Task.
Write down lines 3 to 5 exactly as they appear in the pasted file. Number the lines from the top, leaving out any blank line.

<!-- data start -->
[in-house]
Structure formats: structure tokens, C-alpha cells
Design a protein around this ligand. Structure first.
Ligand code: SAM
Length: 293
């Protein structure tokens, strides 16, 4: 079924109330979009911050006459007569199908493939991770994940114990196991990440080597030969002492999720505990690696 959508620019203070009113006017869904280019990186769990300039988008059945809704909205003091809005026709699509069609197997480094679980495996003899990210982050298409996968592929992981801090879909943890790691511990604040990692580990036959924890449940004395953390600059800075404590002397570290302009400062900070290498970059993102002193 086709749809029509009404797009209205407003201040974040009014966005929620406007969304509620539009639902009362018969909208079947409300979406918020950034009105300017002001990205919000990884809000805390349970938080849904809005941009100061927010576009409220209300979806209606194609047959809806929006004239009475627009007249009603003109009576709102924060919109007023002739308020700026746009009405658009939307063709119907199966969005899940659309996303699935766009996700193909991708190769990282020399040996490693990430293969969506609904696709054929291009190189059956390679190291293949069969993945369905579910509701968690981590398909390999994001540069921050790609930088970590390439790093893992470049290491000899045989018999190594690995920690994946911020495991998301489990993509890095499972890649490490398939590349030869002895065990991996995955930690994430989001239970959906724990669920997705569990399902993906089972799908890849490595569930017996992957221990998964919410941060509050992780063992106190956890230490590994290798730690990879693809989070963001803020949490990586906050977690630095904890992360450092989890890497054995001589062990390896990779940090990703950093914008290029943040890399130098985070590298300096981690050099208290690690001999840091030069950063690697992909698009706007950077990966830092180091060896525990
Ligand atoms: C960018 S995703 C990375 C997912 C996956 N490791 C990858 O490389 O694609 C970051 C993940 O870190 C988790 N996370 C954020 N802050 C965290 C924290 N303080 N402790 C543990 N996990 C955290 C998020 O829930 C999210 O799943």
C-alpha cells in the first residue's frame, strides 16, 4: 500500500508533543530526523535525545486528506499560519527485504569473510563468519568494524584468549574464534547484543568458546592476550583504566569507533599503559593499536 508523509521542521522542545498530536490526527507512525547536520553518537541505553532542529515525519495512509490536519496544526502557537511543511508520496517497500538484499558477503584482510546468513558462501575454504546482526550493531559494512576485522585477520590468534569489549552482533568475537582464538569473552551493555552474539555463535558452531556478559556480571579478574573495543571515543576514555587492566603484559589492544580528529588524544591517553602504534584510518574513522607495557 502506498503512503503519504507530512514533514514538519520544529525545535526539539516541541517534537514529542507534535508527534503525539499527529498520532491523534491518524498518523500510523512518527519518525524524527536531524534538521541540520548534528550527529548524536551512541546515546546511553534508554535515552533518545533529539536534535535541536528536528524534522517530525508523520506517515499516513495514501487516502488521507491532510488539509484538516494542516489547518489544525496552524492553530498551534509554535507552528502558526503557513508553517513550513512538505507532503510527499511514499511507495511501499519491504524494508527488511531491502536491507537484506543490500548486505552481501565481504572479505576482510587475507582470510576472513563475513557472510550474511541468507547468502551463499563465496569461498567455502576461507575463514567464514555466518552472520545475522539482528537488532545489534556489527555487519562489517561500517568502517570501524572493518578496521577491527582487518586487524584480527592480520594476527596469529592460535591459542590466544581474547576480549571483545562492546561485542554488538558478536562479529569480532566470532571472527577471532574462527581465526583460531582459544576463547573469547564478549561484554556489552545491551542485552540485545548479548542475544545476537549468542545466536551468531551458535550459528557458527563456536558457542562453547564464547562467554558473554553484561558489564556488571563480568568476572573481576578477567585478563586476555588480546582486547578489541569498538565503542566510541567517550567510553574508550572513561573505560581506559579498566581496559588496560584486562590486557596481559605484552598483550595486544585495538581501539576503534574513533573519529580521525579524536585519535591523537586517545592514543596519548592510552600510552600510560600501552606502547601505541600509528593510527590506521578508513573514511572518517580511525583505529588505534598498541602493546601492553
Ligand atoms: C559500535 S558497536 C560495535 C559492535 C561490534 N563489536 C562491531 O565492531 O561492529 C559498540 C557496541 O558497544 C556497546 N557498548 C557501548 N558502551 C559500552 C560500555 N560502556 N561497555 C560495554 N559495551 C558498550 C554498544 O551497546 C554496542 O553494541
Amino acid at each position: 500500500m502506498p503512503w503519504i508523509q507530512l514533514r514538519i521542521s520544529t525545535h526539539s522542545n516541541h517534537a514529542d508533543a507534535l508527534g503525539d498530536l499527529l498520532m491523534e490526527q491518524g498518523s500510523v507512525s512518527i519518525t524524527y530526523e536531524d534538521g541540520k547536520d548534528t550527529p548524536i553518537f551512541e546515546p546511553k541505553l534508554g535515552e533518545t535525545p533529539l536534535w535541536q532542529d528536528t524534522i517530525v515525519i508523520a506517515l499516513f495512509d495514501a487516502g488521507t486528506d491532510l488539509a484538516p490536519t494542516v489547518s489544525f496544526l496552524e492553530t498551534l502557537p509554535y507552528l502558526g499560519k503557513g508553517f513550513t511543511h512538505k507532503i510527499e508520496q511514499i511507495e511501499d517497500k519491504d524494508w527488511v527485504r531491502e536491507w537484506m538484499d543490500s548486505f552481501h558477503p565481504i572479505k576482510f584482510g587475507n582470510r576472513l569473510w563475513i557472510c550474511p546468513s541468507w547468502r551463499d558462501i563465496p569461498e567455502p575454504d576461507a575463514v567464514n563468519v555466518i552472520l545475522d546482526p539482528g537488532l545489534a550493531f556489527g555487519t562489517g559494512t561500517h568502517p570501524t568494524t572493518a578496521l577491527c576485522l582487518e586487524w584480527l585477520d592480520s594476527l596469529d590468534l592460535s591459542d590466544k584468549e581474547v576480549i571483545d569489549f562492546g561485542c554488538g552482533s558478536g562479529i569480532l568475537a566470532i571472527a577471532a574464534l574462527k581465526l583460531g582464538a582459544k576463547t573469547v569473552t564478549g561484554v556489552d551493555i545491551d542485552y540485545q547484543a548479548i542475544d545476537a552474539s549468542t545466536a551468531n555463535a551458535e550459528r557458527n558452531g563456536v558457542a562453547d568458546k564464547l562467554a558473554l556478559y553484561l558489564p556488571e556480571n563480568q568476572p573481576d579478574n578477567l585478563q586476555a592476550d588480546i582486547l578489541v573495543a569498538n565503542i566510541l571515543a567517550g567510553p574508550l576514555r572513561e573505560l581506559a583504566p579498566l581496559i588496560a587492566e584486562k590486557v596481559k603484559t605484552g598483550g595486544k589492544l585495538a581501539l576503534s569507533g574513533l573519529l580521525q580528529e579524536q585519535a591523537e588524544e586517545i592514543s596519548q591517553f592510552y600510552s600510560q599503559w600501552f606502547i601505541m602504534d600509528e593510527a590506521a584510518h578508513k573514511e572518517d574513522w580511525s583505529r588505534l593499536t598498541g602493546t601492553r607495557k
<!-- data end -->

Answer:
Design a protein around this ligand. Structure first.
Ligand code: SAM
Length: 293